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Daily Rounds: Debunked Science; Mental Health Dept. Resignation; Milk Chugging And Prostate Cancer; Trapped In Her Fat

This article is more than 7 years old.

Debunked Science: Studies Take Heat In 2011 : NPR "2011 may go down as the year of the retraction in the scientific world.Among the highly publicized discoveries that got debunked this year: a genetic basis for longevity; a new form of life; an explanation for autism; and a link between a virus and chronic fatigue syndrome.All of these non-discoveries have something in common: They involved findings that both scientists and the public badly wanted to believe." (npr.org)

Department of Mental Health head stepping down - BostonHerald.com (news.bostonherald.com) "Barbara Leadholm announced Thursday that she will be leaving the post on Jan. 31 to join the Boston office of Health Management Associates, Inc., a health care research and consulting firm. Leadholm has served as commissioner of the department since 2007 and is credited with improving access to community-based mental health services in Massachusetts."

Milk intake in teens tied to later prostate cancer | Reuters "Older Icelandic men who remember chugging a lot of milk in their teens are three times as likely to be diagnosed with advanced prostate cancer as more-moderate milk drinkers, researchers have found. That makes them wonder whether the years around puberty, during which the prostate matures, could be a time of heightened vulnerability for the gland." (Reuters)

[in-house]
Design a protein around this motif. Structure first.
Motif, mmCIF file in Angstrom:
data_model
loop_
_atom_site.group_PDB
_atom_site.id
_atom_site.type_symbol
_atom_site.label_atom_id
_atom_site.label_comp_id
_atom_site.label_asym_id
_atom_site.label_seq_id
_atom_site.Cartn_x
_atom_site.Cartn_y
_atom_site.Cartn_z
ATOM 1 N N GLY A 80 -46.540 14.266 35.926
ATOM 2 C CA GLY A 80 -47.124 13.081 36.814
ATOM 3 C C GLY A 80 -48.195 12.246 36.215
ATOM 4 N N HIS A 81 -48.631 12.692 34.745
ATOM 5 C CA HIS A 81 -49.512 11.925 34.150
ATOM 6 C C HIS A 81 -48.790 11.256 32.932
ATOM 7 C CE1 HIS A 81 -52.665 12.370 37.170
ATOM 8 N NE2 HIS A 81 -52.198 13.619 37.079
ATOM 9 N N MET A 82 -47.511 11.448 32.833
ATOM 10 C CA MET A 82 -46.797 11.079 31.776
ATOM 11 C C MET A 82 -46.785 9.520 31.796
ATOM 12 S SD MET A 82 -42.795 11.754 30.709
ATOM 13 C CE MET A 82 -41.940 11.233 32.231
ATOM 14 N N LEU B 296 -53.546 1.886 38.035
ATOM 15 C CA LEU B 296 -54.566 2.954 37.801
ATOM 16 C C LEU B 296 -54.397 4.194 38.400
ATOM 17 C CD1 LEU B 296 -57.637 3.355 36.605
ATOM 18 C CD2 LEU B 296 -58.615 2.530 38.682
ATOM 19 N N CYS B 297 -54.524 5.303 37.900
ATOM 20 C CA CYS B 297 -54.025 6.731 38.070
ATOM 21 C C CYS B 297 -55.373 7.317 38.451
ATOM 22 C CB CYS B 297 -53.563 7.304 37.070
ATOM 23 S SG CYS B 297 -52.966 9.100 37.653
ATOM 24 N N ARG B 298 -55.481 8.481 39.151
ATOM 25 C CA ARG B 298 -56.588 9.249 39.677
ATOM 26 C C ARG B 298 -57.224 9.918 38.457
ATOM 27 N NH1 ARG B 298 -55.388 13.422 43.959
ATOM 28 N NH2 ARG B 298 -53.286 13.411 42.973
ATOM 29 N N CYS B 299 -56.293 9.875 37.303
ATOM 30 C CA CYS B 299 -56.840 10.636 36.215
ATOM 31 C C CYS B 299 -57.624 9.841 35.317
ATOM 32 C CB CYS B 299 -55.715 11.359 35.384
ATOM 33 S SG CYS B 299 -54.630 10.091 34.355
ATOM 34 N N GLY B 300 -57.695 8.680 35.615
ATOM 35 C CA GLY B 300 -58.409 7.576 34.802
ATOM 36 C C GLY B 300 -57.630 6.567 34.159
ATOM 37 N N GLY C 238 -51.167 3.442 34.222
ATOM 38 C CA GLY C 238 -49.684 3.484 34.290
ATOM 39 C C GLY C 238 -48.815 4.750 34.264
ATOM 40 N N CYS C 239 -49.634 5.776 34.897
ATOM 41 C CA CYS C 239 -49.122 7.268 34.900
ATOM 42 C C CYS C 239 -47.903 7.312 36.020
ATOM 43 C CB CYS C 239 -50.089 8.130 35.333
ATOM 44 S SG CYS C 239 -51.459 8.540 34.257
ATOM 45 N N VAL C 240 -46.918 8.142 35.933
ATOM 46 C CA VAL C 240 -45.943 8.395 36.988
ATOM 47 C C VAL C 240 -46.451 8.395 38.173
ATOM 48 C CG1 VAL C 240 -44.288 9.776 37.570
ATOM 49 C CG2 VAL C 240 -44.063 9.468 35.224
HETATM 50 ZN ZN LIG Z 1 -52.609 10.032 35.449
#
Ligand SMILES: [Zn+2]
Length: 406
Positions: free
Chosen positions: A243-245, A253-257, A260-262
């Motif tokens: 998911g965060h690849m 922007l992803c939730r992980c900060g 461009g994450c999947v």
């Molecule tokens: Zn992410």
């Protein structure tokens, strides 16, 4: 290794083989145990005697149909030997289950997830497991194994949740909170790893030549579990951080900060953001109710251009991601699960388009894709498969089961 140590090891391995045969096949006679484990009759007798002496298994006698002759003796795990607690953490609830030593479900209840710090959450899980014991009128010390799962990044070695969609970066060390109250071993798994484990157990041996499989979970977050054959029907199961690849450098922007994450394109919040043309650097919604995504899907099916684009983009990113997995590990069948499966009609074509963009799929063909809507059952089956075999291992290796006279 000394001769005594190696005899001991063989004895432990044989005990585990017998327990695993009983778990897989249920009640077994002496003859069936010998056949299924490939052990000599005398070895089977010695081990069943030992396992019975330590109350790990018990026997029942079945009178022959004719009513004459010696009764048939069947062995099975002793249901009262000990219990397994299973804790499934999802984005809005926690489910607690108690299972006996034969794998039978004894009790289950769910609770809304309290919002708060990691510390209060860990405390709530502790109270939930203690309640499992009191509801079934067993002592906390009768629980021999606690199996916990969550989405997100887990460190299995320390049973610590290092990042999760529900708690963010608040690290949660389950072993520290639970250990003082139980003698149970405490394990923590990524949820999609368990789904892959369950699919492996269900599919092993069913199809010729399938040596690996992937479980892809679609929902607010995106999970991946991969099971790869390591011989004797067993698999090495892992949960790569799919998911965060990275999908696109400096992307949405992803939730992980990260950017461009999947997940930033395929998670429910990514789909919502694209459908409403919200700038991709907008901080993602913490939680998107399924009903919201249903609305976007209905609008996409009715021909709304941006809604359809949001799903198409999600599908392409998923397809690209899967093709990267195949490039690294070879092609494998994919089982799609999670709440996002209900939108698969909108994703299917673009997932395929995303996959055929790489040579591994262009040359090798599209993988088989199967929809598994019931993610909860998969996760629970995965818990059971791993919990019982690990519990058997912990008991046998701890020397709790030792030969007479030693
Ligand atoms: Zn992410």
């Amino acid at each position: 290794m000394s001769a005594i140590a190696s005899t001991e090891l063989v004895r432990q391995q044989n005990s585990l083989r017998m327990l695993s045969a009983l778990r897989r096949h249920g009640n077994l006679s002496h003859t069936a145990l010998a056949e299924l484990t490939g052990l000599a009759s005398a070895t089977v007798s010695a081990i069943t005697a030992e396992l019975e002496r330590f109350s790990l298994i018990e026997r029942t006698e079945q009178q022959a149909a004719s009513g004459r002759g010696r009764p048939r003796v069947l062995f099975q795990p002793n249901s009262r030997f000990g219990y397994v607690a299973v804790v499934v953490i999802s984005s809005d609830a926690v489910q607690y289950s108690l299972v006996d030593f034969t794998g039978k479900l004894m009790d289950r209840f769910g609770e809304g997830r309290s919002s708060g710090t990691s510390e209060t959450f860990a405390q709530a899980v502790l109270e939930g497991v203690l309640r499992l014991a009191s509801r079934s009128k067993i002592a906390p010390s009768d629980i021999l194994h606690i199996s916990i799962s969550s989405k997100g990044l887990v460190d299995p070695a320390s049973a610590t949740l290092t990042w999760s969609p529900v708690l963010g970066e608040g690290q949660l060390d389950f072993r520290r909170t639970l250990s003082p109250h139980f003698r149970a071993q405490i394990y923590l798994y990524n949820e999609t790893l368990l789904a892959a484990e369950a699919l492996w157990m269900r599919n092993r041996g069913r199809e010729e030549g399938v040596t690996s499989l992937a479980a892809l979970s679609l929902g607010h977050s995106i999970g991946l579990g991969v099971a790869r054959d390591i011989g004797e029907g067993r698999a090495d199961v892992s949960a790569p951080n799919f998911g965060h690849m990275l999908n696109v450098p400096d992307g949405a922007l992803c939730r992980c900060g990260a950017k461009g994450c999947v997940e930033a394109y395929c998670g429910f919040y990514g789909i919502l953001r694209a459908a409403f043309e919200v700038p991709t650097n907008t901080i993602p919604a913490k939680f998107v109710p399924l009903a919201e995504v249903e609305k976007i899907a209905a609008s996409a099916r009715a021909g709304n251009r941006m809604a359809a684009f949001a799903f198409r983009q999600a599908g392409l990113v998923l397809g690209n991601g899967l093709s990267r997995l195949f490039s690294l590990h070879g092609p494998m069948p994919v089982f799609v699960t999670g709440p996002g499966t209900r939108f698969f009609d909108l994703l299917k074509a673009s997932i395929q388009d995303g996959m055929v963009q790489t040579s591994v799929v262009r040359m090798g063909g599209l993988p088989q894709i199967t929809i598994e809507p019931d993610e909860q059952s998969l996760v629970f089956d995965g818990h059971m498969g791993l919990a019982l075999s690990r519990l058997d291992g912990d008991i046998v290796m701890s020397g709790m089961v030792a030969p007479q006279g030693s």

The Fat Trap - NYTimes.com (nytimes.com) "I wasn’t overweight as a child, but I can’t remember a time when my mother, whose weight probably fluctuated between 150 and 250 pounds, wasn’t either on a diet or, in her words, cheating on her diet. Sometimes we ate healthful, balanced meals; on other days dinner consisted of a bucket of Kentucky Fried Chicken. As a high-school cross-country runner, I never worried about weight, but in college, when my regular training runs were squeezed out by studying and socializing, the numbers on the scale slowly began to move up. As adults, my three sisters and I all struggle with weight, as do many members of my extended family. My mother died of esophageal cancer six years ago. It was her great regret that in the days before she died, the closest medical school turned down her offer to donate her body because she was obese."

This program aired on December 30, 2011. The audio for this program is not available.

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